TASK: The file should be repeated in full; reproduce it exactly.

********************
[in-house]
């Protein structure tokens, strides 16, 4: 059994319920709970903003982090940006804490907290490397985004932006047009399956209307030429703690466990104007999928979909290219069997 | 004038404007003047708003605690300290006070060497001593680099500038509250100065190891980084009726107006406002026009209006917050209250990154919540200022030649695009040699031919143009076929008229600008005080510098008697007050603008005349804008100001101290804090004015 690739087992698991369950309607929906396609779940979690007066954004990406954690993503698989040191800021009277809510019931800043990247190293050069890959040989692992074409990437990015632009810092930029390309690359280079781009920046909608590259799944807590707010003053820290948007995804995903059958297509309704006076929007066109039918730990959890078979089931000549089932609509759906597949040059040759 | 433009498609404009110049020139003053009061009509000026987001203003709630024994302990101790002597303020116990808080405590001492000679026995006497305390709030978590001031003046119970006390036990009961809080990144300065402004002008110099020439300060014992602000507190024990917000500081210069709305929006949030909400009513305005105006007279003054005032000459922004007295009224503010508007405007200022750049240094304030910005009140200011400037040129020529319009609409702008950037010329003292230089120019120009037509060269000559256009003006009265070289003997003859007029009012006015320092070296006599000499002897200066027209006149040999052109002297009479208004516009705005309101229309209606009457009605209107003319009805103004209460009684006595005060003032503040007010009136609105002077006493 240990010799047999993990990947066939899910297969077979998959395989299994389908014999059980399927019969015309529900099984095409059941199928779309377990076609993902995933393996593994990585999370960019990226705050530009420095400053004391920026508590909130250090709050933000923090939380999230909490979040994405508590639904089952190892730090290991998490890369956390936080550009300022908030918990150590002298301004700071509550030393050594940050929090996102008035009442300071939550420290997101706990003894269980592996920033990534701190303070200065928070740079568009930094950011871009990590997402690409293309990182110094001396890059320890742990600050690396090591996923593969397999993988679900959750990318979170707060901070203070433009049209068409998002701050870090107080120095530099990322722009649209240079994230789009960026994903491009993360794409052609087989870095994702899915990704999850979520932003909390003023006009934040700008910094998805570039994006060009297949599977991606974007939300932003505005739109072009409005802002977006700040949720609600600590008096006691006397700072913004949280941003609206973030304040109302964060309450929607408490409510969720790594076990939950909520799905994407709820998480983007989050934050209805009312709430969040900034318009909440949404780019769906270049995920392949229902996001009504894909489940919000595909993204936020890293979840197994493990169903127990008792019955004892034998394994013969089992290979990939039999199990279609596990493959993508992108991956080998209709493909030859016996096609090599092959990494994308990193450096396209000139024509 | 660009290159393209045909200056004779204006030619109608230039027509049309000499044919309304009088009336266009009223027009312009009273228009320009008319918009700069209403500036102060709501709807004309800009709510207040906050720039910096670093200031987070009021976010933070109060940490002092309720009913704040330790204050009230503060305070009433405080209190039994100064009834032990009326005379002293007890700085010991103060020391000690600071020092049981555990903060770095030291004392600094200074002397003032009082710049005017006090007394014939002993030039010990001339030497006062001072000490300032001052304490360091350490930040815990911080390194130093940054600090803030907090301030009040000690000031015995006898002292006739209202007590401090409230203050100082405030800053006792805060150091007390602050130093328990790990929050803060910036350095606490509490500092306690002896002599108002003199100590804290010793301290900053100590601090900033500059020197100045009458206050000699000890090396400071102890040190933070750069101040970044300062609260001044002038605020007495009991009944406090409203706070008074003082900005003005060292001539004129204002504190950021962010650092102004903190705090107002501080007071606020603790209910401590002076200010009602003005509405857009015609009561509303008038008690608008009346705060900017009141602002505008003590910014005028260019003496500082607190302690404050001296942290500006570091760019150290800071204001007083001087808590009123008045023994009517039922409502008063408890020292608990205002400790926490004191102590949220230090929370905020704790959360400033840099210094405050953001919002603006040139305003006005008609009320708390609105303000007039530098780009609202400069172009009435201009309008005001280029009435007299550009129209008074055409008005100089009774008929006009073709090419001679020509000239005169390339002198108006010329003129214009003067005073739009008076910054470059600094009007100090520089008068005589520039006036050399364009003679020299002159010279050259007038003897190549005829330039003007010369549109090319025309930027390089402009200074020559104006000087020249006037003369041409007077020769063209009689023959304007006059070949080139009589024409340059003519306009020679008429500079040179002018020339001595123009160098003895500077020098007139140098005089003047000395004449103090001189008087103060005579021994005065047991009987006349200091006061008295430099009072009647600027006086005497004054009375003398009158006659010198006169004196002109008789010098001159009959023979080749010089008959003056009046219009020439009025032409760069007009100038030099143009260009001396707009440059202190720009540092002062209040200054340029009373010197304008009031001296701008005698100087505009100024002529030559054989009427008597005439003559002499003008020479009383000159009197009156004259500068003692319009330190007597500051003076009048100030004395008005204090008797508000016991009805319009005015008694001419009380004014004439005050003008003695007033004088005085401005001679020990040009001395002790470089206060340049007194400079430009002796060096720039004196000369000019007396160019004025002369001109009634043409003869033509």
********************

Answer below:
[in-house]
């Protein structure tokens, strides 16, 4: 059994319920709970903003982090940006804490907290490397985004932006047009399956209307030429703690466990104007999928979909290219069997 | 004038404007003047708003605690300290006070060497001593680099500038509250100065190891980084009726107006406002026009209006917050209250990154919540200022030649695009040699031919143009076929008229600008005080510098008697007050603008005349804008100001101290804090004015 690739087992698991369950309607929906396609779940979690007066954004990406954690993503698989040191800021009277809510019931800043990247190293050069890959040989692992074409990437990015632009810092930029390309690359280079781009920046909608590259799944807590707010003053820290948007995804995903059958297509309704006076929007066109039918730990959890078979089931000549089932609509759906597949040059040759 | 433009498609404009110049020139003053009061009509000026987001203003709630024994302990101790002597303020116990808080405590001492000679026995006497305390709030978590001031003046119970006390036990009961809080990144300065402004002008110099020439300060014992602000507190024990917000500081210069709305929006949030909400009513305005105006007279003054005032000459922004007295009224503010508007405007200022750049240094304030910005009140200011400037040129020529319009609409702008950037010329003292230089120019120009037509060269000559256009003006009265070289003997003859007029009012006015320092070296006599000499002897200066027209006149040999052109002297009479208004516009705005309101229309209606009457009605209107003319009805103004209460009684006595005060003032503040007010009136609105002077006493 240990010799047999993990990947066939899910297969077979998959395989299994389908014999059980399927019969015309529900099984095409059941199928779309377990076609993902995933393996593994990585999370960019990226705050530009420095400053004391920026508590909130250090709050933000923090939380999230909490979040994405508590639904089952190892730090290991998490890369956390936080550009300022908030918990150590002298301004700071509550030393050594940050929090996102008035009442300071939550420290997101706990003894269980592996920033990534701190303070200065928070740079568009930094950011871009990590997402690409293309990182110094001396890059320890742990600050690396090591996923593969397999993988679900959750990318979170707060901070203070433009049209068409998002701050870090107080120095530099990322722009649209240079994230789009960026994903491009993360794409052609087989870095994702899915990704999850979520932003909390003023006009934040700008910094998805570039994006060009297949599977991606974007939300932003505005739109072009409005802002977006700040949720609600600590008096006691006397700072913004949280941003609206973030304040109302964060309450929607408490409510969720790594076990939950909520799905994407709820998480983007989050934050209805009312709430969040900034318009909440949404780019769906270049995920392949229902996001009504894909489940919000595909993204936020890293979840197994493990169903127990008792019955004892034998394994013969089992290979990939039999199990279609596990493959993508992108991956080998209709493909030859016996096609090599092959990494994308990193450096396209000139024509 | 660009290159393209045909200056004779204006030619109608230039027509049309000499044919309304009088009336266009009223027009312009009273228009320009008319918009700069209403500036102060709501709807004309800009709510207040906050720039910096670093200031987070009021976010933070109060940490002092309720009913704040330790204050009230503060305070009433405080209190039994100064009834032990009326005379002293007890700085010991103060020391000690600071020092049981555990903060770095030291004392600094200074002397003032009082710049005017006090007394014939002993030039010990001339030497006062001072000490300032001052304490360091350490930040815990911080390194130093940054600090803030907090301030009040000690000031015995006898002292006739209202007590401090409230203050100082405030800053006792805060150091007390602050130093328990790990929050803060910036350095606490509490500092306690002896002599108002003199100590804290010793301290900053100590601090900033500059020197100045009458206050000699000890090396400071102890040190933070750069101040970044300062609260001044002038605020007495009991009944406090409203706070008074003082900005003005060292001539004129204002504190950021962010650092102004903190705090107002501080007071606020603790209910401590002076200010009602003005509405857009015609009561509303008038008690608008009346705060900017009141602002505008003590910014005028260019003496500082607190302690404050001296942290500006570091760019150290800071204001007083001087808590009123008045023994009517039922409502008063408890020292608990205002400790926490004191102590949220230090929370905020704790959360400033840099210094405050953001919002603006040139305003006005008609009320708390609105303000007039530098780009609202400069172009009435201009309008005001280029009435007299550009129209008074055409008005100089009774008929006009073709090419001679020509000239005169390339002198108006010329003129214009003067005073739009008076910054470059600094009007100090520089008068005589520039006036050399364009003679020299002159010279050259007038003897190549005829330039003007010369549109090319025309930027390089402009200074020559104006000087020249006037003369041409007077020769063209009689023959304007006059070949080139009589024409340059003519306009020679008429500079040179002018020339001595123009160098003895500077020098007139140098005089003047000395004449103090001189008087103060005579021994005065047991009987006349200091006061008295430099009072009647600027006086005497004054009375003398009158006659010198006169004196002109008789010098001159009959023979080749010089008959003056009046219009020439009025032409760069007009100038030099143009260009001396707009440059202190720009540092002062209040200054340029009373010197304008009031001296701008005698100087505009100024002529030559054989009427008597005439003559002499003008020479009383000159009197009156004259500068003692319009330190007597500051003076009048100030004395008005204090008797508000016991009805319009005015008694001419009380004014004439005050003008003695007033004088005085401005001679020990040009001395002790470089206060340049007194400079430009002796060096720039004196000369000019007396160019004025002369001109009634043409003869033509």